Blog Posts tagged with: clojure

Feb 18 2013

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Hash Maps as Mini State Machines

While working with Ryan Neufeld last Friday, we came across a problem that I had experienced more than once in my programming career: how to toggle a hash map value between two (or more) states.

As a starting example, let's assume that we have a hash map that contains a single key/value, and that we want to toggle the value between -1 and 1. We could write the function thusly:

(defn toggle-value [m]
  (update-in m [:value]
    (fn [v]
      (if (>= v 0)
        -1
        1))))

Now while this code will work, it's not exactly elegant, nor concise. And if we had more than two states (-1, and 1) then we would be forced to change the "if" into a "case" (or a "cond") and then add more and more state transitions to the "if" expression, and our already ugly code would get that much uglier.

It was at this part of my pairing session with Ryan that I remembered an old trick from when I first learned to program in QBasic (more than a few years ago). The trick was that multiplying either -1 or +1 by -1 will cause the resulting value to "toggle" between the two numbers. Actually this works for any states that need to toggle between -N and N, but we'll use -1 today to demonstrate:

(defn toggle-value [m]
  (update-in m [:value] (partial * -1)))

This code is much more concise, but perhaps not as clear. However, for the problem Ryan and I were dealing with on Friday, we couldn't use numbers: we needed to use keywords. We had two states: ":checked" and ":unchecked" and possibly nil. We needed a clear, concise way to toggle between these three states, without writing an ugly case/cond block. In my mind I thought, "we need a function that will return a new state, given an old state. A function that takes a single arg, and returns the new state value." And then I remembered: "Clojure hash maps are functions! And they take a single value (key) and return a single result (value)." Well then, we can write our state transitions with this little bit of code:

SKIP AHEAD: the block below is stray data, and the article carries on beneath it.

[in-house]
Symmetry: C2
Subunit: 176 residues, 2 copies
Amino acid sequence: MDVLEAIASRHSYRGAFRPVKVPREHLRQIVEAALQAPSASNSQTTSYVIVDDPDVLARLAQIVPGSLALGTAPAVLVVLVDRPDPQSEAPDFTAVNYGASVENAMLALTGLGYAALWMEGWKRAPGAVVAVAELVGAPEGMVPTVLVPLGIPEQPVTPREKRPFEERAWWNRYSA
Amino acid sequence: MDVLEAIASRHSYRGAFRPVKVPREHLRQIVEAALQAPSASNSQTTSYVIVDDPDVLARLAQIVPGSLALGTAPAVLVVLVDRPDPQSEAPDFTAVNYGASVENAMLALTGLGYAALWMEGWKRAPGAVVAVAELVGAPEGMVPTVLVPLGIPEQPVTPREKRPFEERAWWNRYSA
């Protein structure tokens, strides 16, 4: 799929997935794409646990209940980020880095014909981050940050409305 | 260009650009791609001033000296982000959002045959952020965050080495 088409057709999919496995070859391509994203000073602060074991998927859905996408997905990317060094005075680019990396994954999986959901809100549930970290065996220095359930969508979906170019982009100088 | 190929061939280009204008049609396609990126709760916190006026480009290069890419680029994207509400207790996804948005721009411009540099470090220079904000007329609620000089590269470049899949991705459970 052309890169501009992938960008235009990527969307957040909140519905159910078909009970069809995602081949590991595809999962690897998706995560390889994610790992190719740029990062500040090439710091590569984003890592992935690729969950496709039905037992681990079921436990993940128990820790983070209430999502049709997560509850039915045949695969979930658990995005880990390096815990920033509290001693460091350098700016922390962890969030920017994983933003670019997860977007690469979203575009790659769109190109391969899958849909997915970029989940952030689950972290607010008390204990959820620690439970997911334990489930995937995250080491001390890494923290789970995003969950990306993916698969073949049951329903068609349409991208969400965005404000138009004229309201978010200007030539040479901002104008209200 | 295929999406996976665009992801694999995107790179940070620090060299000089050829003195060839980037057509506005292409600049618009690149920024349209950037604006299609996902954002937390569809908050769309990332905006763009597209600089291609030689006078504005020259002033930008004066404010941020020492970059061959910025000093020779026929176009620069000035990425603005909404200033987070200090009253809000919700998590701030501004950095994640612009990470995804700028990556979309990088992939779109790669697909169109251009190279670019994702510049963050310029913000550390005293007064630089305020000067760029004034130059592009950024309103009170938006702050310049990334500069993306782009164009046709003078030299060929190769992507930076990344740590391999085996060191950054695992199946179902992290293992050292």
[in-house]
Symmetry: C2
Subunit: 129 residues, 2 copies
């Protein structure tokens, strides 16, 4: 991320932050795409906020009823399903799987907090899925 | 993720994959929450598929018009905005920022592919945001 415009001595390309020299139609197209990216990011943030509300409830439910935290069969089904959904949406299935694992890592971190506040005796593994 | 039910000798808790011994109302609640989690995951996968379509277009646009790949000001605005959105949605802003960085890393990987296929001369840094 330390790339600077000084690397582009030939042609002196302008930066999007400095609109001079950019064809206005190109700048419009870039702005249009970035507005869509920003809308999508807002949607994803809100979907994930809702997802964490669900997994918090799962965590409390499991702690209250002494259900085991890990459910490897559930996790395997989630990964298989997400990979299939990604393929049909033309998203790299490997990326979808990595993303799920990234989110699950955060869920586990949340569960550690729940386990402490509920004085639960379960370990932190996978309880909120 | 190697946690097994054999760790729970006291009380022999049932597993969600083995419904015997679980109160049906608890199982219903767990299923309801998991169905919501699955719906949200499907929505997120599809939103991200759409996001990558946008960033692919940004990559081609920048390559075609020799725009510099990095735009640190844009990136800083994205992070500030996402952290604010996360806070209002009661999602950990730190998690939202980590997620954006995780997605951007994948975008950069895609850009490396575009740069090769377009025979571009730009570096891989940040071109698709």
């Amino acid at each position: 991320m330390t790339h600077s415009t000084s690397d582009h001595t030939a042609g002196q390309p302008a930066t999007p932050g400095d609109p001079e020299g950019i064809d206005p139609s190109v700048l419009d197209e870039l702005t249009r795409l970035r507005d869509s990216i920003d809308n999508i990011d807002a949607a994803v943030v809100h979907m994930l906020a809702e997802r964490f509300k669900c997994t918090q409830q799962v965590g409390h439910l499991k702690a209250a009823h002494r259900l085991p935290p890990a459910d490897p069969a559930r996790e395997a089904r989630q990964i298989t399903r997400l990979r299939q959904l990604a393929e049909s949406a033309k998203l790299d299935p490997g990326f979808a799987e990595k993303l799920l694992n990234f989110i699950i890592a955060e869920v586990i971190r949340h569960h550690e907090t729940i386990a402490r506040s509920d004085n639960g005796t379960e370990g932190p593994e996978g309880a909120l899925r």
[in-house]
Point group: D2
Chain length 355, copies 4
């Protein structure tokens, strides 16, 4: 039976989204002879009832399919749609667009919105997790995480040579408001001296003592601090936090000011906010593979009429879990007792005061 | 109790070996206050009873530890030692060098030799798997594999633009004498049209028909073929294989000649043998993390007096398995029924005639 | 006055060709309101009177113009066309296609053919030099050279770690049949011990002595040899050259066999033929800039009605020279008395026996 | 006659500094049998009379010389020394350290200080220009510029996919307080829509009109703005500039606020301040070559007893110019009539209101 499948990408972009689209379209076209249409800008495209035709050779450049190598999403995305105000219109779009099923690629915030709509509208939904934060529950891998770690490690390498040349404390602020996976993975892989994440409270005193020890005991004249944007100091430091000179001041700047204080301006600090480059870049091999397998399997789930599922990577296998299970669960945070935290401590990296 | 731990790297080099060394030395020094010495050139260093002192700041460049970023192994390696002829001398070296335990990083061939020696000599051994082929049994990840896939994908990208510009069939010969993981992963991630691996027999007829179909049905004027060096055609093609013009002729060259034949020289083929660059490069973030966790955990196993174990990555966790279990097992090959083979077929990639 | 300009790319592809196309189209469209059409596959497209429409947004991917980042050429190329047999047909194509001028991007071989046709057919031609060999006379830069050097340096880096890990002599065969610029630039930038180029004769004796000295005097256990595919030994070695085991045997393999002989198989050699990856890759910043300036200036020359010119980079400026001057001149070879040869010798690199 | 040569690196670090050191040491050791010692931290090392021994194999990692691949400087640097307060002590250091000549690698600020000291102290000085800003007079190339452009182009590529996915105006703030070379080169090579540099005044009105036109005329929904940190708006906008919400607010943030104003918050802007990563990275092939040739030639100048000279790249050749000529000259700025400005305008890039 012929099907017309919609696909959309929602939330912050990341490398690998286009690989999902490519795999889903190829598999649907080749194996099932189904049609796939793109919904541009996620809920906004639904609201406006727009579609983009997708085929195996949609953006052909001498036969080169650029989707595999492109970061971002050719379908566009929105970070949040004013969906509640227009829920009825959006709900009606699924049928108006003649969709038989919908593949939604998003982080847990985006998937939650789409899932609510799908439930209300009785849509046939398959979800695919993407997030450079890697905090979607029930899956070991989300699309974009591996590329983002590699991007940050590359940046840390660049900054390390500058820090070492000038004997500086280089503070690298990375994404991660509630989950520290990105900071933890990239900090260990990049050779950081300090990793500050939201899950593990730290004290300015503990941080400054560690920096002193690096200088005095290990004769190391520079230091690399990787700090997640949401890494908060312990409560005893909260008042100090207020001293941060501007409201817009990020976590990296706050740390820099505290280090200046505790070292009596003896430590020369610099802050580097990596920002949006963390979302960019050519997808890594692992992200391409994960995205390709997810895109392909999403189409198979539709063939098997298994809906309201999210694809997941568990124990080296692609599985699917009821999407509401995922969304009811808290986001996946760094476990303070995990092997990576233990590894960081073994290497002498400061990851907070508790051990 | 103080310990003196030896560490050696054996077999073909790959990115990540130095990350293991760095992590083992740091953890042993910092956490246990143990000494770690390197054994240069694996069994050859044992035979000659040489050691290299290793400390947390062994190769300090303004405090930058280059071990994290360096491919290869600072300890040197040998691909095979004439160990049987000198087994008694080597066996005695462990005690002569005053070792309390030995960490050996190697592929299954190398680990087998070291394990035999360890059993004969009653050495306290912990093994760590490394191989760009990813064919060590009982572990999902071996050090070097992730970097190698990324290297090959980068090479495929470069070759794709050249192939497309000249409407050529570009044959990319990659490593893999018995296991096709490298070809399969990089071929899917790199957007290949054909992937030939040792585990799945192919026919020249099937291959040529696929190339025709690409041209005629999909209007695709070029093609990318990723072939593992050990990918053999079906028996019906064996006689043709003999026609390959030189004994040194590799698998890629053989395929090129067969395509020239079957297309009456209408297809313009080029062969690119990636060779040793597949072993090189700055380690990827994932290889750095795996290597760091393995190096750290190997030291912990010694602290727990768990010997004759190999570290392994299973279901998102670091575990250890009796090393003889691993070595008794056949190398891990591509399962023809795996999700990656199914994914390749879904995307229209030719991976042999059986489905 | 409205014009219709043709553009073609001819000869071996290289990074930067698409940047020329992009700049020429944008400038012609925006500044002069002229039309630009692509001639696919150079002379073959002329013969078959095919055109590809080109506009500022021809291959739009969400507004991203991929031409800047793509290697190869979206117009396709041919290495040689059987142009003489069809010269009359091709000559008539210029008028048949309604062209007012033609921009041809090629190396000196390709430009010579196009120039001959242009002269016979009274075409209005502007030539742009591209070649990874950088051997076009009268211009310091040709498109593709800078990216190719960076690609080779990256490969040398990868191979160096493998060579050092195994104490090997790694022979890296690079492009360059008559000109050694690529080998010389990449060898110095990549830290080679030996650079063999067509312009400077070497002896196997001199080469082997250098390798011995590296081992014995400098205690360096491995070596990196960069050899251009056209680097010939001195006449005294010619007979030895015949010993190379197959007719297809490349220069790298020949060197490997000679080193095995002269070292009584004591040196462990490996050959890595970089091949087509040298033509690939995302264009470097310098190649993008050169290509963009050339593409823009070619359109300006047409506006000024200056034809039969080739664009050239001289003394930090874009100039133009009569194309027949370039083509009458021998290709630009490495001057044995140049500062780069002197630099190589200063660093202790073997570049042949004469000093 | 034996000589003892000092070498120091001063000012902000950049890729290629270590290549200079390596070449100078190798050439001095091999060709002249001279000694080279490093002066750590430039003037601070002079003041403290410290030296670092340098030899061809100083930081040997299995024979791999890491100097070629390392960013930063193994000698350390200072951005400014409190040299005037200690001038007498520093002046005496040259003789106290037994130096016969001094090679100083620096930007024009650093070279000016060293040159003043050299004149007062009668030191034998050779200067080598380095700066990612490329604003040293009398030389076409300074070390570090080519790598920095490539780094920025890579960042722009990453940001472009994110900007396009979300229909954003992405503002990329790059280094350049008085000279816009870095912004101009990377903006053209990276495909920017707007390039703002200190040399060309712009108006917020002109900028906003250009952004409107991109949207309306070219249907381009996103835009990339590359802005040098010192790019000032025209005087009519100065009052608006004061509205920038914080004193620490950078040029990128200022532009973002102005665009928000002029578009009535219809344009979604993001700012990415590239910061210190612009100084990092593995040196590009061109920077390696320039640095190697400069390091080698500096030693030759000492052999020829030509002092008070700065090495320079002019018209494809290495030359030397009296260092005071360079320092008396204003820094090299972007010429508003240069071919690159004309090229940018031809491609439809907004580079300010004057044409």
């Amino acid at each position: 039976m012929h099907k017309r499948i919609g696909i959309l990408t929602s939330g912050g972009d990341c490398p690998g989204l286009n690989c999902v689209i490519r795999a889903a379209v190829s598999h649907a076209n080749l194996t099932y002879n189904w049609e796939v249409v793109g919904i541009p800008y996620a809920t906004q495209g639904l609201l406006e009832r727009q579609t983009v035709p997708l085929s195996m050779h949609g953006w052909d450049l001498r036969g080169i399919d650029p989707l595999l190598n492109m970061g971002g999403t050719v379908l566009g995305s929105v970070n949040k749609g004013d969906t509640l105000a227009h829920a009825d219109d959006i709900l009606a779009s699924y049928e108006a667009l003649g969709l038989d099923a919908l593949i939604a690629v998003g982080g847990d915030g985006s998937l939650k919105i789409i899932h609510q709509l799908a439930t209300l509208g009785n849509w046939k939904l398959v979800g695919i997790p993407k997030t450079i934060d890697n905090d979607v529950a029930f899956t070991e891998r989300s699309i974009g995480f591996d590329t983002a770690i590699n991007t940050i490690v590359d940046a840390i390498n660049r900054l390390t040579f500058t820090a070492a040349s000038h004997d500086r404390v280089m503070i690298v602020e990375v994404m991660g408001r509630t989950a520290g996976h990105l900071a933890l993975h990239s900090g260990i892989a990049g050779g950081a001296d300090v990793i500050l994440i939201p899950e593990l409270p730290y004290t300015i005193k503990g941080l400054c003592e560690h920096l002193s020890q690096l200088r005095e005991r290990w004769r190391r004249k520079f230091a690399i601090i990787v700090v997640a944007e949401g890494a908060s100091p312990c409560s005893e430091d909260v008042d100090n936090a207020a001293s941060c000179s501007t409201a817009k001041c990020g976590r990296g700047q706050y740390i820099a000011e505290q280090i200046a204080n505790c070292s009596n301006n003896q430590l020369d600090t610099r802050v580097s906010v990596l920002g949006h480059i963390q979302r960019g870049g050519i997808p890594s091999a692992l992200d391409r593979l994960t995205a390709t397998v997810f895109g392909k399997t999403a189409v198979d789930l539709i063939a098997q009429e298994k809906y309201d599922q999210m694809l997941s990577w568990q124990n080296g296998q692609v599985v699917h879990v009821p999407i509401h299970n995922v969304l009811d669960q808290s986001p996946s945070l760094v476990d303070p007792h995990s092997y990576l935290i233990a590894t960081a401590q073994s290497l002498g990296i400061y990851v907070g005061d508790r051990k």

(def toggle-states
  {:checked :unchecked
   :unchecked :checked
   nil :checked})

(defn toggle-value [m]
  (update-in m [:value] toggle-states))

This is what I consider good Clojure code. It's simple, clean, concise, and easily extensible. And hopefully it comes in as handy for you as it did for me.

Jan 14 2013

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Taming side-effects with mutability

Clojure prefers immutable values and referentially transparent functions. But it also works well with the Java ecosystem, where everything is an object... mostly mutable.

I was recently dealing with ASM, the bytecode manipulation library. Most of the API is based on the Visitor pattern. To read a class from bytecode, you construct a ClassReader object from an array of bytes or an input stream, then tell it to accept an object that implements the ClassVisitor interface:

public interface ClassVisitor{
  void visit(int version, int access, String name, String signature, 
      String superName, String[] interfaces);
  void visitSource(String source, String debug);
  void visitOuterClass(String owner, String name, String desc);